Hrach "Mr. Mini" Chekijian
21 Sept 1949 - 31 Oct 2010
Hrach Chekijian was born on September 21, 1949 in Beirut, Lebanon to Hagop and Siran Chekijian, both survivors of the Armenian Genocide. At age 7, Hrach moved to Baghdad, Iraq with his parents, his older brother Cesar and his younger sister Araxi. Hrach grew up in Iraq for the next 14 years, and then a younger sister, Silva, was born.
From a young age, Hrach pushed boundaries. And everything was an adventure. In the early 1960‘s, when he was in his early teens, Hrach noticed an Austin Mini driving on the street and he ran after it. It was love at first sight and the beginning of a love affair that lasted half a century. His last waking moments - which were filled with laughter - were even among Minis, at the dealership where he worked in Peabody. But this came much later.
Hrach went to high school in Iraq, and after he graduated, he decided to join his father’s jewelry business in Lebanon, where he apprenticed as a gemologist and diamond setter. During his time there, and when he moved back to Iraq, Hrach used to write to his brother Cesar at university in London, England. Hrach would mainly ask Cesar about Minis.
On his 21st birthday, Hrach immigrated to the U.S. It was 1970. He came with his family to 21 Elton Avenue, right across the street from his church. The family was there for 21 years. Hrach made much of this curious coincidence with the number 21, and forever after he considered the number to be an omen. He’d point out that Armenia even became independent on the 21st - on his 42nd birthday, in fact.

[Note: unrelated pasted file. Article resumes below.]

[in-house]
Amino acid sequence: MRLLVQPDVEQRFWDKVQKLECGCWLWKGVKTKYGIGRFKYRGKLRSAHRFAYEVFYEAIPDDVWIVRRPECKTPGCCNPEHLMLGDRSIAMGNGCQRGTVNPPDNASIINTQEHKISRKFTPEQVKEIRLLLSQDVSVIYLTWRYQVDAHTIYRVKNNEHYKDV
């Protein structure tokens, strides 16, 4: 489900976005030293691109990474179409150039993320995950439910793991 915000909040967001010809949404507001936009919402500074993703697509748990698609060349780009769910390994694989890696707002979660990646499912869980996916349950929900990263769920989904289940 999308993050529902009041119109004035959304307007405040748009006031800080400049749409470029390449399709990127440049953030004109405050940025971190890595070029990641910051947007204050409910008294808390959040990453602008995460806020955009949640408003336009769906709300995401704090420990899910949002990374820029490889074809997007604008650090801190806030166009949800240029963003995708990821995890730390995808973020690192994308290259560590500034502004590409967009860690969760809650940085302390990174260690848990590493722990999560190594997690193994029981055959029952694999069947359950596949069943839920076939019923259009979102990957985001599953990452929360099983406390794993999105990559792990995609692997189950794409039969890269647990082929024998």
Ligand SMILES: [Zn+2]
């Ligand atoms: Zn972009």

In early 1971, Hrach’s dream came true: Cesar sent him a Mini from London. Even though Hrach continued the gemology business after his father passed away in 1990, he was spending more and more time in the world of Minis. This involved trips through North America and Europe. And one Mini turned into multiple Minis. If there was a Doctorate on Minis, he would have been granted it 25 years ago. He said in a 2002 Boston Herald profile, “NOBODY is as passionate as me about the Mini.”
At the turn of this new century, Hrach was busy re-introducing the Mini to the world, and his enthusiasm caught on. Soon enough, the car went into production again, and Hrach saw an opportunity to meld business with pleasure. He sold his jewelry business in downtown Boston and joined the car company's sales team.
And what was it about the car that appealed to him? He said it himself in the Herald article when he said “history, shape, character and originality”, themes that carried over into his other interests like world history, cooking and travel.
Hrach is survived by his mother Siran, his brother Cesar, sisters Araxi and Silva, four nephews Jack, Scott, Derek and Berj and two nieces, Lori and Anita.
The impact from the sudden loss of Hrach has been awe-inspiring. Relatives from all over the world have called the family. From Hawaii to Dubai, to his co-workers in Peabody and friends all over the U.S. like the New England Mini Owners, Hrach is being praised for his pure fun loving spirit and his bigger-than-life presence.
Every time you pass a Mini Cooper on the road- and know that if Hrach was driving, HE'D be passing YOU - smile and think fondly of him.